I watched these dishes being made at Sunday School, a regular party or ‘Jump Up’, held each Sunday evening. The food and the music seemed to be inseparable. It was all cooked outside on calor gas cookers and washed down with a bottle of Carib, the local beer, while our feet were kept moving to the sounds of a steel band on one side and reggae on the other. This is the heart of Caribbean food – a lot of love goes into it but very little ceremony. Food, music, and sunshine combined and left me wanting to reproduce the memories here at home. These recipes have been chosen to welcome in the summer and make use of the new season’s foods which are now coming into the shops.
1 kg raw prawns, peeled and deveined
1 tsp coriander seeds
1 tsp cumin seeds
1 tsp brown mustard seeds
1 tsp whole black peppercorns
1 tsp crushed hot red chillies
2 bay leaves
3 tbsp vegetable oil
75g unsalted better, melted
2 large onions, finely chopped
2 cloves of garlic, crushed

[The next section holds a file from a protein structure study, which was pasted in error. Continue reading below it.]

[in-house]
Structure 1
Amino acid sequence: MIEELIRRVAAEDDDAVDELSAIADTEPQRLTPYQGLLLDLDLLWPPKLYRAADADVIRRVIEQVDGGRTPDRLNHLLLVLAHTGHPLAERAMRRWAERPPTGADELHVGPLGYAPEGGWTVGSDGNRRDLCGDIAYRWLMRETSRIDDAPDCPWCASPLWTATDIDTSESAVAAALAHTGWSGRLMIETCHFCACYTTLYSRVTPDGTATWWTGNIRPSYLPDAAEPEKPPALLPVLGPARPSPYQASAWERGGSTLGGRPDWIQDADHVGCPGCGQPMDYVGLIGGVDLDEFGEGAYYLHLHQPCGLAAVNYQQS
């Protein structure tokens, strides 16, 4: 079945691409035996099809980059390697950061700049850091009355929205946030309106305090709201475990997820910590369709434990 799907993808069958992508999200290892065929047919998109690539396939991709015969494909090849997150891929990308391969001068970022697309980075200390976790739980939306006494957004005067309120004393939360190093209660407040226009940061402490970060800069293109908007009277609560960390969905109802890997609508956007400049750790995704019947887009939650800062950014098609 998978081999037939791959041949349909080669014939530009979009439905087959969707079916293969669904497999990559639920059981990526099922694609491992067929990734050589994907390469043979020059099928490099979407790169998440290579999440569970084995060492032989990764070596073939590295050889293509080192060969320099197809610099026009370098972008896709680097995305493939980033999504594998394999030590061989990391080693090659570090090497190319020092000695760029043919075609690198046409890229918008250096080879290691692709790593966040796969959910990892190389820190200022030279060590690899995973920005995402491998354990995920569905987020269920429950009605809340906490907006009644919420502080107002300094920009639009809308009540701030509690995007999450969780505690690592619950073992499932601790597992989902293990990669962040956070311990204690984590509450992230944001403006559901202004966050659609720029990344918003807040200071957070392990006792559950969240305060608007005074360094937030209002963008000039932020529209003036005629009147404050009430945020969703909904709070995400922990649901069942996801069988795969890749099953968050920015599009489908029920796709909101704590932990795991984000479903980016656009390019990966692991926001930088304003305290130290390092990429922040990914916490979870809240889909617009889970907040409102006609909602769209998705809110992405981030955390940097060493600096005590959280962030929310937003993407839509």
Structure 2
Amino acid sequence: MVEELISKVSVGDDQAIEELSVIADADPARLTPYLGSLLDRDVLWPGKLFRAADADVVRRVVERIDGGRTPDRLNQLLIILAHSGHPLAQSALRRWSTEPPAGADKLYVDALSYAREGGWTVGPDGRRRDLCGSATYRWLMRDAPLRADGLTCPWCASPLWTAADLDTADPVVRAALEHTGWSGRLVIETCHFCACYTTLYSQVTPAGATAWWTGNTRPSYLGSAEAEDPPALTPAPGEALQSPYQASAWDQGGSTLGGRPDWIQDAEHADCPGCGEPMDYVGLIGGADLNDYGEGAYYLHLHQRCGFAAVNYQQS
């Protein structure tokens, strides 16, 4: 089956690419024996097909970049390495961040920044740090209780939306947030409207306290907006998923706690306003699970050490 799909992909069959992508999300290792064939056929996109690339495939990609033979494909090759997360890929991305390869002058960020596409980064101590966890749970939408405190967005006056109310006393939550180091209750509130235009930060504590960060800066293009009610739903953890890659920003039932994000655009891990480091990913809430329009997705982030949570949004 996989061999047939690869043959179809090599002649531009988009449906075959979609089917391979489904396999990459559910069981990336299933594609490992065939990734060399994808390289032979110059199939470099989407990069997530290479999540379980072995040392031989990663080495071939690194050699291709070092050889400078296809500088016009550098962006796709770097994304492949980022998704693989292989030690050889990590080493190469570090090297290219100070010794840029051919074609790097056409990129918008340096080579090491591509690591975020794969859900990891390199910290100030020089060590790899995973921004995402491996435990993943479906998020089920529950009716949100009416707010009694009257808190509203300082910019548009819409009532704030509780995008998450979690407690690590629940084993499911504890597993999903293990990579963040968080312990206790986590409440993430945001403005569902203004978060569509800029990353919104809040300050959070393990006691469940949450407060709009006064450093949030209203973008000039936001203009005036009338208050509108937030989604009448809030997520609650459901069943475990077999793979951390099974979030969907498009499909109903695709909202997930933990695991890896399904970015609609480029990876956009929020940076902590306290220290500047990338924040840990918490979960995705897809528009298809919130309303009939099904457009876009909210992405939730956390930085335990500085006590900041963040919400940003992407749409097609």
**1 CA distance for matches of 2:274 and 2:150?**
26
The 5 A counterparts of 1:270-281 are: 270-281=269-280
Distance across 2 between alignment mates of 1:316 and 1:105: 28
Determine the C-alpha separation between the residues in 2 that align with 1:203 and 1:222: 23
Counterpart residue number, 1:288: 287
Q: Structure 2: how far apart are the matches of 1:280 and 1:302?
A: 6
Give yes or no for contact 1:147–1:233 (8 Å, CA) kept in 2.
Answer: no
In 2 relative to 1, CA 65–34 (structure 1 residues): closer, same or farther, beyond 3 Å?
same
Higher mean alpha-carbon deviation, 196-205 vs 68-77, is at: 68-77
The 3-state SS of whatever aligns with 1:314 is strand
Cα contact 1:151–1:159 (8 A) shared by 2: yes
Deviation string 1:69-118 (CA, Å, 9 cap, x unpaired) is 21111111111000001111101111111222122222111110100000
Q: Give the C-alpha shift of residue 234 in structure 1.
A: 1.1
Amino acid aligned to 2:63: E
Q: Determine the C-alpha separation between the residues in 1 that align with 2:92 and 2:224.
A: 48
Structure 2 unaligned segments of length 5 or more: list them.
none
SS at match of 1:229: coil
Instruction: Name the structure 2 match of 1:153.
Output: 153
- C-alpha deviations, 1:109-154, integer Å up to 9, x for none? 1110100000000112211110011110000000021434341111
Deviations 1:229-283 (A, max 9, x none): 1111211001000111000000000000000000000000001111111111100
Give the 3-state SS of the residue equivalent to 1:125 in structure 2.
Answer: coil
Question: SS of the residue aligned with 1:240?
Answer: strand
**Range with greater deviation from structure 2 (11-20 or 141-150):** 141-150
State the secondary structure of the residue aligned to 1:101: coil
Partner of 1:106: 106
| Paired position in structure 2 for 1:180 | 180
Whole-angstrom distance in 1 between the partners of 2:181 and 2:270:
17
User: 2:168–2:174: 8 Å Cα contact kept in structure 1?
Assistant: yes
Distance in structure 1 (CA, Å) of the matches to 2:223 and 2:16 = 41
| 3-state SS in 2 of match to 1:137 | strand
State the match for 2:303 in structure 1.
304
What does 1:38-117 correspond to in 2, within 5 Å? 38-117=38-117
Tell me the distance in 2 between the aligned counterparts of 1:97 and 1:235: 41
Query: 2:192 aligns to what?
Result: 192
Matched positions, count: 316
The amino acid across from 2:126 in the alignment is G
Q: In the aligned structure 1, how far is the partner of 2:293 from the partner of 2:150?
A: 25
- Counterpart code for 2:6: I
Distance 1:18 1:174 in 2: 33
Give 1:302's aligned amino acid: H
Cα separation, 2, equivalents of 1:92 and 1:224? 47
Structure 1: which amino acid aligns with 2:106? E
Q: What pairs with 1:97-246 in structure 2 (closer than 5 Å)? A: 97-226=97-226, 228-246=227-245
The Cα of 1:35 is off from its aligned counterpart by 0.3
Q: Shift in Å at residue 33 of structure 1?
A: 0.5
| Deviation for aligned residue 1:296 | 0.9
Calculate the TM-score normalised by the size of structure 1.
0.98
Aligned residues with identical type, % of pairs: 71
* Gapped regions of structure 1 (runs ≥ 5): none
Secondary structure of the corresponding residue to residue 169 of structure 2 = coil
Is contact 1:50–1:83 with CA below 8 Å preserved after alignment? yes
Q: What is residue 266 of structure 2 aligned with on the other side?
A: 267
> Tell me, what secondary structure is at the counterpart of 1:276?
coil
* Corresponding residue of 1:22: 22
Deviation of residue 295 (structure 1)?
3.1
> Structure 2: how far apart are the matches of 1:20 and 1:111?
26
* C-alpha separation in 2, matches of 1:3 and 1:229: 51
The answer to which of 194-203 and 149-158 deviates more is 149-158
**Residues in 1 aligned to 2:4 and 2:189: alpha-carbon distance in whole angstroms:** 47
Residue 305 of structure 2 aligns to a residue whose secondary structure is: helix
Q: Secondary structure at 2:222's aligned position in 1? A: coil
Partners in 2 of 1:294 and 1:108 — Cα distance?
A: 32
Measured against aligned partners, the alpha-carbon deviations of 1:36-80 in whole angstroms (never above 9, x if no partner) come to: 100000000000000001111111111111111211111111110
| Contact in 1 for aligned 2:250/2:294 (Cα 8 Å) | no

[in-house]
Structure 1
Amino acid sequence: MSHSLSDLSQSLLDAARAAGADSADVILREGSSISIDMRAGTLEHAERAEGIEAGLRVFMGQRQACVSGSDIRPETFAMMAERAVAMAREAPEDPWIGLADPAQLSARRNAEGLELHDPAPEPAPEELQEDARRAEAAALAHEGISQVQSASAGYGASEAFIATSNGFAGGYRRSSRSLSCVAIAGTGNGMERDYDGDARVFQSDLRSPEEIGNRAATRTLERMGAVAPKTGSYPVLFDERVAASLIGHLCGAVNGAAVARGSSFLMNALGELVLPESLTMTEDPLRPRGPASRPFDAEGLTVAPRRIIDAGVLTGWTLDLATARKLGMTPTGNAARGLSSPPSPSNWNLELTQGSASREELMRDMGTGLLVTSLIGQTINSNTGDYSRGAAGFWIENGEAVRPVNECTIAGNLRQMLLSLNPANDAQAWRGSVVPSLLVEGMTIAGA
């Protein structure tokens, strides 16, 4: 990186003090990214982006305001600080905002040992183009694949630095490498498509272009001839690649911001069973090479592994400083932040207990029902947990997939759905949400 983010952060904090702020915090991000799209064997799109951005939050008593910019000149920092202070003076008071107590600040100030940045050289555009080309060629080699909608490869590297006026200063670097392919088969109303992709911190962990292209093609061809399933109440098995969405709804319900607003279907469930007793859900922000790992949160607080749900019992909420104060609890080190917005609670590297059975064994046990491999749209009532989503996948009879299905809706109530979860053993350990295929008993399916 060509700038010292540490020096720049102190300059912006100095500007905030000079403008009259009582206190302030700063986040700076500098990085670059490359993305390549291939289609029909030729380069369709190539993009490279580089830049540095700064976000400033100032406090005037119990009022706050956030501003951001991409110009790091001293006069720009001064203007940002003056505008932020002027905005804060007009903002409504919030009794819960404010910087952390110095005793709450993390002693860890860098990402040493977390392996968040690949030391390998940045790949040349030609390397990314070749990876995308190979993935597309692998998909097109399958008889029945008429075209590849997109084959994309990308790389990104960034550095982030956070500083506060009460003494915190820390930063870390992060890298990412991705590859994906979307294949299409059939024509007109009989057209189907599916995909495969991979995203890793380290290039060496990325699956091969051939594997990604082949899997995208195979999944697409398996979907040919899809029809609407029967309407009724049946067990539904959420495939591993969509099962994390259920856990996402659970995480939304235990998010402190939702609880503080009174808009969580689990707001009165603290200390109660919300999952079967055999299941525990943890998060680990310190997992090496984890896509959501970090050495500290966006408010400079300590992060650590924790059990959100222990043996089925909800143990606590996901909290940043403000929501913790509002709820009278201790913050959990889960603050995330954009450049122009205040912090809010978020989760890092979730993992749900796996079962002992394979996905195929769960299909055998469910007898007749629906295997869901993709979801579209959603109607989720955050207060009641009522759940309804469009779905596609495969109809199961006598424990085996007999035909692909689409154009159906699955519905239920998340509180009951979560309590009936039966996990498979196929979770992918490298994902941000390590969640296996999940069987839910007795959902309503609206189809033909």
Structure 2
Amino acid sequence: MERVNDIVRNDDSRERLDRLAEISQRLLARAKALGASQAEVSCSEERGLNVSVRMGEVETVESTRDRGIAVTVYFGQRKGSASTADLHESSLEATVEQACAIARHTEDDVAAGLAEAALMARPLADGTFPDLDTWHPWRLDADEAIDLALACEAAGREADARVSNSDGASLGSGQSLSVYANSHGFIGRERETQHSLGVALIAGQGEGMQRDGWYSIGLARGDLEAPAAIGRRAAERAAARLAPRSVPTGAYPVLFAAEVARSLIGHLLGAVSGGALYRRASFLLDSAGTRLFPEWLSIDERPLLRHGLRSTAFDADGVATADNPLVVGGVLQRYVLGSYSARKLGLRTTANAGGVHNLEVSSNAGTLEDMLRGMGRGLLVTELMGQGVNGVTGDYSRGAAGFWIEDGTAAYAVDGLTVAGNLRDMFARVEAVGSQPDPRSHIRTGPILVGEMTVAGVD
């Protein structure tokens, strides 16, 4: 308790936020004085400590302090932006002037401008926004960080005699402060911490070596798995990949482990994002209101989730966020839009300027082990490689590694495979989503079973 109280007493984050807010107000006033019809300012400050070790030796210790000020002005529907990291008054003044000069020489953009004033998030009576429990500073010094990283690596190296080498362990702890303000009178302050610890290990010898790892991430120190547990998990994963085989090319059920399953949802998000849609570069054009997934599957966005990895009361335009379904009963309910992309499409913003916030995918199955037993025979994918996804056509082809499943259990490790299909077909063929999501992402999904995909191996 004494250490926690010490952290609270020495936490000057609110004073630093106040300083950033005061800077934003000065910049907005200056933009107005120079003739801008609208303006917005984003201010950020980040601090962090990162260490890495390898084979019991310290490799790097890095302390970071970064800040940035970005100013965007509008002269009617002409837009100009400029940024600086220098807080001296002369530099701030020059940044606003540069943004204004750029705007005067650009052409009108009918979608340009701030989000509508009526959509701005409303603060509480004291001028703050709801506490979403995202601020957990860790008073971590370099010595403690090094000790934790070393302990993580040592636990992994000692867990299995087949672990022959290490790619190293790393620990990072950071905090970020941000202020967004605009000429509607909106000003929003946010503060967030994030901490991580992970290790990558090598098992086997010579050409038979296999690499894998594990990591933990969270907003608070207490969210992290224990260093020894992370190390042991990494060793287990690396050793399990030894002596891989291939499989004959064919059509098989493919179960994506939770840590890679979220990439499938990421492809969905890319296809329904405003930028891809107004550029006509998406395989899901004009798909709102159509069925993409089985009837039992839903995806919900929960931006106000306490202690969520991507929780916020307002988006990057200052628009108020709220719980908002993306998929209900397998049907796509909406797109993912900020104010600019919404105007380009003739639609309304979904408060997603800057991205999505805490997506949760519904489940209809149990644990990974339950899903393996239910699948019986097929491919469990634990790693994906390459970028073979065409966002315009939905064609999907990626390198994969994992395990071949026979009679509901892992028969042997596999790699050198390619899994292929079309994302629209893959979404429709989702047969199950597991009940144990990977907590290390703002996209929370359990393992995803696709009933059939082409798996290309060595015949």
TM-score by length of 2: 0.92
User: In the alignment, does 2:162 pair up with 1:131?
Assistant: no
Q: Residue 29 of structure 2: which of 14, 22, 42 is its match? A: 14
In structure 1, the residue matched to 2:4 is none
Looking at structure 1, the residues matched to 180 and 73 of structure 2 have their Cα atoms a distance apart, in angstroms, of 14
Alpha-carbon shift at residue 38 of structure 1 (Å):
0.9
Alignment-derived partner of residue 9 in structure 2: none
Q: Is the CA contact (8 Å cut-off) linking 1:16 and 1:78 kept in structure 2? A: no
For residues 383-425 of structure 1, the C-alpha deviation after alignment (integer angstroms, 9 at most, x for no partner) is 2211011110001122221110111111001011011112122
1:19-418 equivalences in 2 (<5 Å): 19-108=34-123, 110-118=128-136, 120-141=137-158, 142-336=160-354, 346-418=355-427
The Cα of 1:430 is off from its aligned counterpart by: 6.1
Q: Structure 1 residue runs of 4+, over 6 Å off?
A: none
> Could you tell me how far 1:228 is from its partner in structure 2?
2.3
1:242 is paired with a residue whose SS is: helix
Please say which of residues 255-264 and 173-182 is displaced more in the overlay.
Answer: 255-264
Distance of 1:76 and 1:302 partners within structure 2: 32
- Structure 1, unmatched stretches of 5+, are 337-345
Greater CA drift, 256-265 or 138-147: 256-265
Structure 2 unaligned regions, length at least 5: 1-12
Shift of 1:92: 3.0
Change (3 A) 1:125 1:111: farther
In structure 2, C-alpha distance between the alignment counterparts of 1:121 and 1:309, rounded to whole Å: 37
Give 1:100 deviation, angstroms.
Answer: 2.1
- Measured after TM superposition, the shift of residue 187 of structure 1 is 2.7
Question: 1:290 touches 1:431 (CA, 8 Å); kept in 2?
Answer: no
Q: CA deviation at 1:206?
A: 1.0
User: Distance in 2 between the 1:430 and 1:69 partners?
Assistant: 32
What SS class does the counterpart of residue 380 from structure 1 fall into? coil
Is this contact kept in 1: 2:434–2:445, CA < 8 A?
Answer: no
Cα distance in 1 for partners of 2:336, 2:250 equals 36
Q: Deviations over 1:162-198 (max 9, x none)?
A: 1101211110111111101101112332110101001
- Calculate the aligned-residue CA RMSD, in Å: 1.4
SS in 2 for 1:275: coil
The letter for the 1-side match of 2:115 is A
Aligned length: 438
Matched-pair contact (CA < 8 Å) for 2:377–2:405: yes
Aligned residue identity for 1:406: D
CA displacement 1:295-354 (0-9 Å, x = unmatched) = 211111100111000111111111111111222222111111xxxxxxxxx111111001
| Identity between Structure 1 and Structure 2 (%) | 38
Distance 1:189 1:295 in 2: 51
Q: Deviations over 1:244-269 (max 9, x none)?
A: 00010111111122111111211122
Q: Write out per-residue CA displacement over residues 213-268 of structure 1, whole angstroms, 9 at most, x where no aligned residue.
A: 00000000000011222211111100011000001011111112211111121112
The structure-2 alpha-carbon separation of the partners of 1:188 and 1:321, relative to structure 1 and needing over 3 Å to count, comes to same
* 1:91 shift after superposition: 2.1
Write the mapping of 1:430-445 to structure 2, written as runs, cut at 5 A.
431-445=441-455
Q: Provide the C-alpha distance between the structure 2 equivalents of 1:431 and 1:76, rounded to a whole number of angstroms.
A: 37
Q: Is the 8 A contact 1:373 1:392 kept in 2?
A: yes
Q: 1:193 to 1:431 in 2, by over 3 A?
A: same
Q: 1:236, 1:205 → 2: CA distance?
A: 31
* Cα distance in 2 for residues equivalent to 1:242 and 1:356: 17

1 tbsp fresh ginger, finely chopped
4 med tomatoes, peeled and chopped
2 tbsp lime juice
1 tbsp lime pickle, chopped salt
Using a pestle and mortar, crush the coriander, cumin, and mustard seeds with the peppercorns, chillies and bay leaves. Saute the onions in the oil until golden brown, add the garlic, ginger and spices and cook for a further 2-3 minutes. Add the tomatoes, lime juice and lime pickle. Season well, cover the pan and cook for 30 minutes on a very low heat. You may need to add some stock to the pan of the mixture becomes too dry. Add the prawns and cook for a further 3 minutes. Serve with boiled rice, mango chutney and roti (recipe below).
Rotis are Indian in origin, they are simply a small round flat bread which is eaten with a savoury filling, in this case folded in half and filled with the prawn curry.
225g plain flour
1/4 tsp baking powder
1/2 tsp salt
milk or water to mix
ghee or vegetable oil
Sift all the dry ingredients into a large mixing bowl. Add sufficient milk to mix into a firm dough. Knead the dough well, then divide into four. Roll each one into a 16cm circle and brush with the ghee or oil. Cover and leave to relax for 20 minutes. Re-form into four balls and repeat the process. Heat a flat griddle pan, brush with oil and place each circle on the hot surface for a minute on each side, brush again with the ghee. As they are removed from the pan, pat them in hands until they become pliable and keep warm in a clean cloth.